Maturation into adulthood can be a complicated thing, filled with worried, regrets, and even crises. For others, it’s as simple as waking up one morning, looking into the mirror and realizing that you’ve changed. In this cerebral drama, it’s a little bit of both. In a beautiful melange of contemporary coming-of-age, modern urban dance, and historic cases of mass psychogenic illness, The Fits gives us something old in a brilliant new way.
Toni (Royalty Hightower) is an 11-year-old tomboy who enjoys boxing and training with her older brother, Jermaine (Da’Sean Minor) at the gym of the local community center. Upon witnessing Toni’s interest when she watches the local dance team, The Lionesses, practice, Jermaine encourages Toni to try out, which she does. Early on, we realize that Toni, though not exactly shy, is quiet and reserved, and though she is not excluded from the other girls, a continuous sense of isolation envelops Toni throughout the film, shrouding it and her with anticipation and mystery.
Toni soon makes friends with two of the other new recruits, Beezy (Alexis Neblett) and Maia (Lauren Gibson), girls her age who are desperate to fit in with The Lionesses and be accepted by the older girls, especially team co-captains Karisma (Inayah Rodgers) and Legs (Makyla Burnam). Soon after the girls join the team, however, Legs and later Karisma both suffer an unprovoked seizure and are hospitalized. “The fits” seem to be contagious, claiming the girls on their team one, but one, starting with the oldest. When Toni tells her brother about these convulsions, he warns her not to start acting like “those girls”, especially Karisma, a statement which piggybacks off of centuries of men belittling the emotional and physical ailments of women as mere “hysteria”.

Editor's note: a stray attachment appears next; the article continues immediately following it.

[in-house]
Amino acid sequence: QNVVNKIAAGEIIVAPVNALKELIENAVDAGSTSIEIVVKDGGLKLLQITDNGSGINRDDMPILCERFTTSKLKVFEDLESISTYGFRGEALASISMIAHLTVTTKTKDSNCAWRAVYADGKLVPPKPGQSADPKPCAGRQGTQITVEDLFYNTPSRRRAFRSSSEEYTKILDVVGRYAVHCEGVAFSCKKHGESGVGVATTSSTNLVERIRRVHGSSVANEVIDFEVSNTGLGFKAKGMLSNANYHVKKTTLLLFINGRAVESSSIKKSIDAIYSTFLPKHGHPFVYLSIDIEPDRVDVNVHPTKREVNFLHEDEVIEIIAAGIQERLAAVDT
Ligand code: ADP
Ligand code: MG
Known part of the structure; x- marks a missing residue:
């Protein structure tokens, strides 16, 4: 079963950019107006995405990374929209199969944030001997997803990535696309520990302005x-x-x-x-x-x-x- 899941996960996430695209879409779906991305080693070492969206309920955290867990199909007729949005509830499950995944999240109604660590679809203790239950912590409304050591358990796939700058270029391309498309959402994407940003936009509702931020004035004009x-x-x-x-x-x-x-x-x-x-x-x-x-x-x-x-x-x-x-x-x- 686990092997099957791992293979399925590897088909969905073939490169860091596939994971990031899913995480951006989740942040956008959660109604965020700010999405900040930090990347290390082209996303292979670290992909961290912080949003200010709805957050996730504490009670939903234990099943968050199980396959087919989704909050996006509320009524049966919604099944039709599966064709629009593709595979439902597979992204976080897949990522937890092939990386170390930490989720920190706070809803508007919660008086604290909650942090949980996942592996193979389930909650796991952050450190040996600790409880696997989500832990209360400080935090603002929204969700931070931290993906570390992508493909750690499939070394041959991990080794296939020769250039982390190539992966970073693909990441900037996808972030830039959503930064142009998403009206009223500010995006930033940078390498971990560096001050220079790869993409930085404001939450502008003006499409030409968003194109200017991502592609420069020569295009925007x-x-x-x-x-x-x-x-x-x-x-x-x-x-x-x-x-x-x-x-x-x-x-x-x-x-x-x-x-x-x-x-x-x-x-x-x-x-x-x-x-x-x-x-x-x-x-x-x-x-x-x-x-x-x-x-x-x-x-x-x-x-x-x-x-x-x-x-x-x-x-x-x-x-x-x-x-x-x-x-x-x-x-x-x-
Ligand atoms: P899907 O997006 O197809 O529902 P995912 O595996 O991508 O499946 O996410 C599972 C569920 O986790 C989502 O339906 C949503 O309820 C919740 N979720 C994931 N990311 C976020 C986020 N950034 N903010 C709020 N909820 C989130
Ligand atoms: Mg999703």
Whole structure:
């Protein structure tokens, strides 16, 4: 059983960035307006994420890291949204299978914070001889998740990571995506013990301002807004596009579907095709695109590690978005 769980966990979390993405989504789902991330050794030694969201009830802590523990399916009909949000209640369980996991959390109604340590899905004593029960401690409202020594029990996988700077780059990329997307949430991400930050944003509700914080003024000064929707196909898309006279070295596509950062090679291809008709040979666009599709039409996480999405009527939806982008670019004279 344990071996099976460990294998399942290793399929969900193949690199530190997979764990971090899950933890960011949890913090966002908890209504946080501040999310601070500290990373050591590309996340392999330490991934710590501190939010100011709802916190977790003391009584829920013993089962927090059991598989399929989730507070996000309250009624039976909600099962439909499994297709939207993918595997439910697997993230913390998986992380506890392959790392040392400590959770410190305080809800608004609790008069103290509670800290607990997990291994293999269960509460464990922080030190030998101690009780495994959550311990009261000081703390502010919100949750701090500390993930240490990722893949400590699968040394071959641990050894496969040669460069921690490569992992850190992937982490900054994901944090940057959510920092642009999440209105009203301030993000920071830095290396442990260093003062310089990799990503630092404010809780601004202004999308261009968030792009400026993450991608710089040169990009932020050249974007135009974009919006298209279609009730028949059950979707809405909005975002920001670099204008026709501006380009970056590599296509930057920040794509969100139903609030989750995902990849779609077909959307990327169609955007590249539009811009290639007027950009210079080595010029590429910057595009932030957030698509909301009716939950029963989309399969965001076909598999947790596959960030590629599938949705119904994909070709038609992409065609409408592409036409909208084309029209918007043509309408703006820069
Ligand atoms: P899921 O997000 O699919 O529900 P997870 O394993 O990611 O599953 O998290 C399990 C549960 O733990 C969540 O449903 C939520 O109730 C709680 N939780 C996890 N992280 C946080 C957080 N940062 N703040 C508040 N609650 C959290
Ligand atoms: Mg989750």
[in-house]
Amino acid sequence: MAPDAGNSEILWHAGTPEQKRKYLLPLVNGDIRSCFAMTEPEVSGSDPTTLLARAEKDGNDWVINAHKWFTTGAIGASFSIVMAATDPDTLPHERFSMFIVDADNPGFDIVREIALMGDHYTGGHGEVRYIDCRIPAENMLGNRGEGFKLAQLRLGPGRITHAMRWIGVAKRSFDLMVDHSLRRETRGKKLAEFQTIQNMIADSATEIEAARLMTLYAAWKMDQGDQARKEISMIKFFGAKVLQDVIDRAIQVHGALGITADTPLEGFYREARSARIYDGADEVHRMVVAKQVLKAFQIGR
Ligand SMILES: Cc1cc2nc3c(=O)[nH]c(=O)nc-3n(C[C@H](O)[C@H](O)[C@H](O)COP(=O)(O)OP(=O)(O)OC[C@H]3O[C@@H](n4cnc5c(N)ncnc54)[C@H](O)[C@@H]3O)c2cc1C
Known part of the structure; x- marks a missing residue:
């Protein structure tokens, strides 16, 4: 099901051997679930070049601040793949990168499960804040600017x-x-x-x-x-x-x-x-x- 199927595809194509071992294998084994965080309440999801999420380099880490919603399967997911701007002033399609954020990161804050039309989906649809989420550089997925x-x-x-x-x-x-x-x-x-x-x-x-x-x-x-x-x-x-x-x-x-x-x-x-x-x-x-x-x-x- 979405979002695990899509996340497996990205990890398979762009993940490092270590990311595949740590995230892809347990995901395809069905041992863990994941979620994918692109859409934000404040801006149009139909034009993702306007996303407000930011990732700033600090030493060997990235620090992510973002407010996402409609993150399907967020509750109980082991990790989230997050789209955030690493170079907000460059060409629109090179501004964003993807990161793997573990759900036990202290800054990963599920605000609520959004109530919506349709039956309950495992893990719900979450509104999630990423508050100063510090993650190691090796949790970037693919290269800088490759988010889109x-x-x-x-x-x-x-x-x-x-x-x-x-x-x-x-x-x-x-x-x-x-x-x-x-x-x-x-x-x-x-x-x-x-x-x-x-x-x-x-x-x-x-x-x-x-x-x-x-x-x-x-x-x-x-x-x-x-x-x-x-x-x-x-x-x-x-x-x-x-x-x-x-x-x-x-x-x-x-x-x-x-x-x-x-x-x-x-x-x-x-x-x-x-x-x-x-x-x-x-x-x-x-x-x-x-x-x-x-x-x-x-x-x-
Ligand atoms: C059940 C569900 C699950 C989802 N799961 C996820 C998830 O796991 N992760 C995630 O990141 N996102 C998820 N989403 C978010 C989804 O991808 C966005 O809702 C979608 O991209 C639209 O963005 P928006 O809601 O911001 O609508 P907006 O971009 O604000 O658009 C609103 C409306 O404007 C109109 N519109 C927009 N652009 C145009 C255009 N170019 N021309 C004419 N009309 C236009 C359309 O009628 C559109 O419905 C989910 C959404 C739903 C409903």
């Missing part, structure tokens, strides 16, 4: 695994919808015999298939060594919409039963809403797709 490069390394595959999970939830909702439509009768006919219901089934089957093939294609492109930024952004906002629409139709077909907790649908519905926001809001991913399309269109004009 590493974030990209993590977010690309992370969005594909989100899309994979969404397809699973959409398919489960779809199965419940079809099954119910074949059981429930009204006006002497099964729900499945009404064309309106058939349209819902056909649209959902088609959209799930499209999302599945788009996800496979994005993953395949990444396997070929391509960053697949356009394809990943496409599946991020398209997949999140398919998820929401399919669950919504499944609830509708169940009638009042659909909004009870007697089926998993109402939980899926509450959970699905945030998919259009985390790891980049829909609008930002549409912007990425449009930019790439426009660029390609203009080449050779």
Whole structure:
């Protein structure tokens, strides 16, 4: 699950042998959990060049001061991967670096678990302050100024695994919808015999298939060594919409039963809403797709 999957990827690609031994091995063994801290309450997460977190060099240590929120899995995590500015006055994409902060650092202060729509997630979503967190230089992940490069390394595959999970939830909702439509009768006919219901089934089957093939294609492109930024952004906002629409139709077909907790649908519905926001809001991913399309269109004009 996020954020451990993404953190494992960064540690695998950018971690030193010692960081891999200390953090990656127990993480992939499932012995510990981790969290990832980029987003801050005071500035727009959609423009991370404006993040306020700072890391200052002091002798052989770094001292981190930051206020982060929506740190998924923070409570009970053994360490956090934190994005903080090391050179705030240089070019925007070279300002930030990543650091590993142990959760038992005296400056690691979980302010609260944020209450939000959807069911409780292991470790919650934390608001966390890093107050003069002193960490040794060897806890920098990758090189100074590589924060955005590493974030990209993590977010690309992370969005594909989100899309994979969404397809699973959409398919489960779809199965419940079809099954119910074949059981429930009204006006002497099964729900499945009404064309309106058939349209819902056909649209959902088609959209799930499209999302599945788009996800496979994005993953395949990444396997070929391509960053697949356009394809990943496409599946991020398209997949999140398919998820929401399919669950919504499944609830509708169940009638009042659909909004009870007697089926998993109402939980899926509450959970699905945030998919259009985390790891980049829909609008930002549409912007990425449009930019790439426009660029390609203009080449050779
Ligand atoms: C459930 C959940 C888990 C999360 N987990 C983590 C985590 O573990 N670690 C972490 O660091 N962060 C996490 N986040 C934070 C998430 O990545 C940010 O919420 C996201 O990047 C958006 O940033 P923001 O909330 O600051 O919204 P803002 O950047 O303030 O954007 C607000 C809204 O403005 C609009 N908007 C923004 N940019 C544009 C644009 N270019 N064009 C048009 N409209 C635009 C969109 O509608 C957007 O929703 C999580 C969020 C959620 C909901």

Pretty soon, Maia starts to get curious about “the fits”, and what they’ll feel like. All of the girls who have had the seizures are fine afterward and seem to bonded closer than ever, members of a secret club whose entry cannot be bought. Toni doesn’t know what she wants. As she clings to the safety and familiarity of childhood, the inescapable pull of adolescence keeps reeling her in.
Beautiful, intriguing, and poetic, The Fits is remarkable, a film that leaves an indelible impression and compels the audience to watch it again and again. With a unseasoned by highly talented cast, Holmer’s debut film breaths much-need life to the coming-of-age sub-genre and shines a beautiful, albeit fragmented, light on Black girlhood and community. I give this one 4 stars.